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Diabetes and Living with Cultural Differences

Diabetes impacts all age and ethnic groups, but affects some more than others. Ethnicities at a higher risk for type 2 diabetes, for example, include African Americans, Hispanic/Latino Americans, American Indians, Asian Americans and Pacific Islander Americans. Gestational diabetes (diabetes that develops during pregnancy and ends once the pregnancy ends) also occurs more frequently among African Americans, Hispanic/Latino Americans and American Indians than in other groups. Nearly 5 million African Americans have diagnosed or undiagnosed diabetes; 18.7 percent of all non-Hispanic blacks ages 20 and older have diagnosed or undiagnosed diabetes.

By moving the diet back to a more simple traditional diet, minority populations can dramatically reduce their risk of diabetes and cardiovascular disease.

Diabetes researchers believe the hereditary link within certain ethnicities may be due to certain genes that affect immune response and play a role in the development of type 1 diabetes. Genes affecting insulin function may contribute to the development of type 2 diabetes. “Some ethnicities may have developed a ‘thrifty gene,’” says Dan Nadeau, MD, Program Director of the Mary & Dick Allen Diabetes Center, Dr. Kris V. Iyer Endowed Chair in Diabetes Care and Endocrinologist at Hoag Medical Group. This gene is believed to have helped the body store food energy better during bountiful times and also helped people survive during times of scarcity. Now that “feast or famine” situations rarely occur for most people in the U.S., this same gene may put these groups at a higher risk for type 2 diabetes.

Maintaining cultural food traditions can help you in eating a healthy diet, says Dr. Nadeau. “The key lies in sticking with your original, native foods. Simple beans, corn and vegetables and a traditional Mexican diet are far healthier than the fast food versions.” In addition, Chinese and Indian foods are predominantly plant-based, which help protect from developing type 2 diabetes. Legumes, an important ingredient many traditional diets, provide a major protein source, says Dr. Nadeau.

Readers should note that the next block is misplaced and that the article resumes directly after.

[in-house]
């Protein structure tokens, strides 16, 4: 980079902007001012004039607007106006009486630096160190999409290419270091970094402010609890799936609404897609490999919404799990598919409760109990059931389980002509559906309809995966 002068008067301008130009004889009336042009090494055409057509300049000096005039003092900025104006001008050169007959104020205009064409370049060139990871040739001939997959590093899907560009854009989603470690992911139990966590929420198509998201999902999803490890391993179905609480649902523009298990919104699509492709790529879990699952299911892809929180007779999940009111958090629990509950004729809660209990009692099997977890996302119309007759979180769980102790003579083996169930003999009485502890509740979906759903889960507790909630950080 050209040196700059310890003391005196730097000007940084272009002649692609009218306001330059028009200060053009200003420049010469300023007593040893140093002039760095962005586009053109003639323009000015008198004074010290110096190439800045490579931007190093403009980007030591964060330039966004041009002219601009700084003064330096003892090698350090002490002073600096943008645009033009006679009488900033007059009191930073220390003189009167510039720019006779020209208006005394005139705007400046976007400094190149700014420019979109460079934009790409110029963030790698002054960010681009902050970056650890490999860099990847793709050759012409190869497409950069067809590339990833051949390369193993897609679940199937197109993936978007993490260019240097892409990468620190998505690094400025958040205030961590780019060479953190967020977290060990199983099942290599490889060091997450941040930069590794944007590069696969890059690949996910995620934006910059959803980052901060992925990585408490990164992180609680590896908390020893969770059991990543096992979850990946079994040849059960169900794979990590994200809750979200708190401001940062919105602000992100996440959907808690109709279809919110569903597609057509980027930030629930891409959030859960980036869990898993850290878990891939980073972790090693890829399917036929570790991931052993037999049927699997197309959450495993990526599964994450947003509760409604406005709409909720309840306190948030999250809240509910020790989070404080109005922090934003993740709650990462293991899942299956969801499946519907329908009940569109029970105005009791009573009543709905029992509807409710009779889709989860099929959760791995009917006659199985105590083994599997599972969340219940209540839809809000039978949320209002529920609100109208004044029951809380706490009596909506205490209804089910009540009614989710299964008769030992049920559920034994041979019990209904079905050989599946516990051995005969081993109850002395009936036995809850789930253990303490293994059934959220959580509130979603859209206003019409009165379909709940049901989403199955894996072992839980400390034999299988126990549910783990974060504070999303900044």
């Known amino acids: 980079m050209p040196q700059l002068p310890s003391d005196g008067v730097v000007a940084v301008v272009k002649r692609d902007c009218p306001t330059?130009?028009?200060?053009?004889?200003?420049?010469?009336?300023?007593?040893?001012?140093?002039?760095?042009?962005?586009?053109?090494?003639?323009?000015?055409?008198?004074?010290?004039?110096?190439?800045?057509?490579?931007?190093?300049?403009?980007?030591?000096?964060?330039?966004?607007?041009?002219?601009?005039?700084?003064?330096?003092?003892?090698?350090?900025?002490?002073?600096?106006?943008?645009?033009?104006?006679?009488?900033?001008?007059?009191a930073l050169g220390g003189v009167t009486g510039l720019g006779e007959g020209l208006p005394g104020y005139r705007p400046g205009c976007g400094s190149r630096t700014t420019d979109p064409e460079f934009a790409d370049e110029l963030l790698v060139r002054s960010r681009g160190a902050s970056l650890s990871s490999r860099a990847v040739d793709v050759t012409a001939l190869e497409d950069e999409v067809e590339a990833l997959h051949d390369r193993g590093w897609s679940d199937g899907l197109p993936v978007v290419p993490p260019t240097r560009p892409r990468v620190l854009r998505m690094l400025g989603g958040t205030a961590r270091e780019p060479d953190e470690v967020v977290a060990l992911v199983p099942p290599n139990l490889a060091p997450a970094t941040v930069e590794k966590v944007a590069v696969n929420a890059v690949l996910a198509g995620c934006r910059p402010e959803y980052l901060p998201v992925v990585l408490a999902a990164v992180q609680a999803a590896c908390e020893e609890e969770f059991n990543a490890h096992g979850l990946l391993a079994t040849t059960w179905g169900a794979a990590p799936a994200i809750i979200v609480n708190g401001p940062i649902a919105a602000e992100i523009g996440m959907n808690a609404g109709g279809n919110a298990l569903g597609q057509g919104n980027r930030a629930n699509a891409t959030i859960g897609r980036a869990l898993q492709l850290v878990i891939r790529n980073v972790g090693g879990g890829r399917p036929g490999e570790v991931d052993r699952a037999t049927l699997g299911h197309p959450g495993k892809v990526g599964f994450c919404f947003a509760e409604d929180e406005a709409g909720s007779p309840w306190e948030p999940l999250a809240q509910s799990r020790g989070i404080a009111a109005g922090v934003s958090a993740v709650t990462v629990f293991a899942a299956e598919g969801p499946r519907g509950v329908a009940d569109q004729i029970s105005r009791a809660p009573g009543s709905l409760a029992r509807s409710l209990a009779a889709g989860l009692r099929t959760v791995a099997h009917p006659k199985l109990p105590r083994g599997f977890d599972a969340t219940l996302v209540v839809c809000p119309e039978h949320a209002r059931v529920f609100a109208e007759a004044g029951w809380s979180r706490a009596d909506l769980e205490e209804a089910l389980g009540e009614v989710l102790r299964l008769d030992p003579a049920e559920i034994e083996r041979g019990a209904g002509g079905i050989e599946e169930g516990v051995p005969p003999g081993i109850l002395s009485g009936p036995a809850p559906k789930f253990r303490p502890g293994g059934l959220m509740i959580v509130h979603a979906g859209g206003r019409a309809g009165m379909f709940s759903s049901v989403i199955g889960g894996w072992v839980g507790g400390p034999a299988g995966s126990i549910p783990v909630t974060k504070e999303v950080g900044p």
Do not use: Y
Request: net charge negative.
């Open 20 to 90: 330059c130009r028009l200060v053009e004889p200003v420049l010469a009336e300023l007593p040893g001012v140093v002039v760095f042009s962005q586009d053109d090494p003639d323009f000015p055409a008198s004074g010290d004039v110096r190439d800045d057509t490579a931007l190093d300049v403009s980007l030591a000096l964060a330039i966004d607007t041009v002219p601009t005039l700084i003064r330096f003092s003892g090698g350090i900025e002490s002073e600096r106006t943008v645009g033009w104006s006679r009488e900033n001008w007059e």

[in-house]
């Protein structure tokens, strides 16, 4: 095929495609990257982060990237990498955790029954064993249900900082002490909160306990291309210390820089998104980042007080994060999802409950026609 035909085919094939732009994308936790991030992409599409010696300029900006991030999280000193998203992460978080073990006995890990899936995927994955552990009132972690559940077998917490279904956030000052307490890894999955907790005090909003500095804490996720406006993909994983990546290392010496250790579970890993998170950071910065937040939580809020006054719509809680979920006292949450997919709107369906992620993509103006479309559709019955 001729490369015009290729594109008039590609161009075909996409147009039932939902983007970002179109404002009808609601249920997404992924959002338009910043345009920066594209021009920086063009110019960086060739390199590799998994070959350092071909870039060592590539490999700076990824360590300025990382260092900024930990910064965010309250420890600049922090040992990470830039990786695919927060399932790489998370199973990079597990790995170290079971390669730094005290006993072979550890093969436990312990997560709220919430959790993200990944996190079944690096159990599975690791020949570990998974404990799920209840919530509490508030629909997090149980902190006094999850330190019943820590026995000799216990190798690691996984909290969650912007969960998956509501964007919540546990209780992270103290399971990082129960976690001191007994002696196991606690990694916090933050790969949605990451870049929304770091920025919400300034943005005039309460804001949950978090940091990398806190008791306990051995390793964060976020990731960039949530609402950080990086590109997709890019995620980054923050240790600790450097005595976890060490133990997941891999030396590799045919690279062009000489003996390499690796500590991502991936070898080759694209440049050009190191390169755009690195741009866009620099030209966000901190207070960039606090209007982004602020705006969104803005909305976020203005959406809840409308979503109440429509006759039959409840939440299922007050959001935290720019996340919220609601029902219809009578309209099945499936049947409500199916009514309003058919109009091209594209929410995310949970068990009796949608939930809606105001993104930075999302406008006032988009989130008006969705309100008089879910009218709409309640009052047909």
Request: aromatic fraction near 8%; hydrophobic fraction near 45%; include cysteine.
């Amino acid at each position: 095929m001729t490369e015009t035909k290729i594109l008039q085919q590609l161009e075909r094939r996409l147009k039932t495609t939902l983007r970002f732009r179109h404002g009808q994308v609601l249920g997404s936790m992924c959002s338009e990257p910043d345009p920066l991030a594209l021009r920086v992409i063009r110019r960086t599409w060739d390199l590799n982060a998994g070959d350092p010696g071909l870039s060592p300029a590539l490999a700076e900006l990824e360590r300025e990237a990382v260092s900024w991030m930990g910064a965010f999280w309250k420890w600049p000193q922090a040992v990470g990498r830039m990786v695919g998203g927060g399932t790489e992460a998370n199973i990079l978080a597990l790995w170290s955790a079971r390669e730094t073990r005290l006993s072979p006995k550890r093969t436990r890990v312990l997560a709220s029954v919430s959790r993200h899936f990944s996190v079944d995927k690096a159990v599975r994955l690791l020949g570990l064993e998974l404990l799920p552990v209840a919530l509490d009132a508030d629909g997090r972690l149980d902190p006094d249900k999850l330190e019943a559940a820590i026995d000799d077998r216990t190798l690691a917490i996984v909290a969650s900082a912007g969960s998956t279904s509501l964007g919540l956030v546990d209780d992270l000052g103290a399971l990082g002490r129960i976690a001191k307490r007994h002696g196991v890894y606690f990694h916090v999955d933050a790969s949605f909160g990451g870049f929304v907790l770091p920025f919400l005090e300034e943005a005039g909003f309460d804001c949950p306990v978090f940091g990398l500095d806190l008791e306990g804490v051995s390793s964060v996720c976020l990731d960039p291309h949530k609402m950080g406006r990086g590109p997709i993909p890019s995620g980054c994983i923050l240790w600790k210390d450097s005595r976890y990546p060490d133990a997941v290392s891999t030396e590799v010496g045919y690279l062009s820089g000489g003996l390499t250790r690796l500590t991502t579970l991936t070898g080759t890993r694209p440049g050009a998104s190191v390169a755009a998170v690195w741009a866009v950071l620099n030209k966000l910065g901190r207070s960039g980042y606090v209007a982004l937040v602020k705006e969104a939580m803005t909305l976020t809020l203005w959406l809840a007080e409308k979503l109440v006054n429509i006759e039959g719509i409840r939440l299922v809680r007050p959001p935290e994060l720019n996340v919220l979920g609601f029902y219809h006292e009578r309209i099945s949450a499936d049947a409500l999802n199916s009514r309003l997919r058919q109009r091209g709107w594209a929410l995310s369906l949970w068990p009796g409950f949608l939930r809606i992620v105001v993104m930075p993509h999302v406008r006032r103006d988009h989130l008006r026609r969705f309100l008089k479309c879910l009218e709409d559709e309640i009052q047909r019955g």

“Beans and legumes are great for people with diabetes as they’re low on the glycemic index (a measure of how a carbohydrate affects blood sugar).” Other healthy grains found in many traditional diets include millet, barley and brown rice.

Helpful tips:

  • Avoid ethnic foods high in sugar or fat, such as ghee, clarified butter, popular in India, which contains saturated fat
  • Make time for exercise 30 minutes a day, five days a week
  • Eat slowly. It takes 20 minutes for your stomach to tell your brain you are full
  • Turn to traditional foods, not Americanized or fast-food versions of ethnic dishes for healthier choices. Look for plant-based and whole grain foods over refined and processed foods

To reach every individual with diabetes and pre-diabetes, the Mary & Dick Allen Diabetes Center at Hoag offers free diabetes education through its Sweet Life program. Current classes focus on weight, healthy cooking and nutrition management for those with diabetes and interested in diabetes. The classes are free and open to anyone.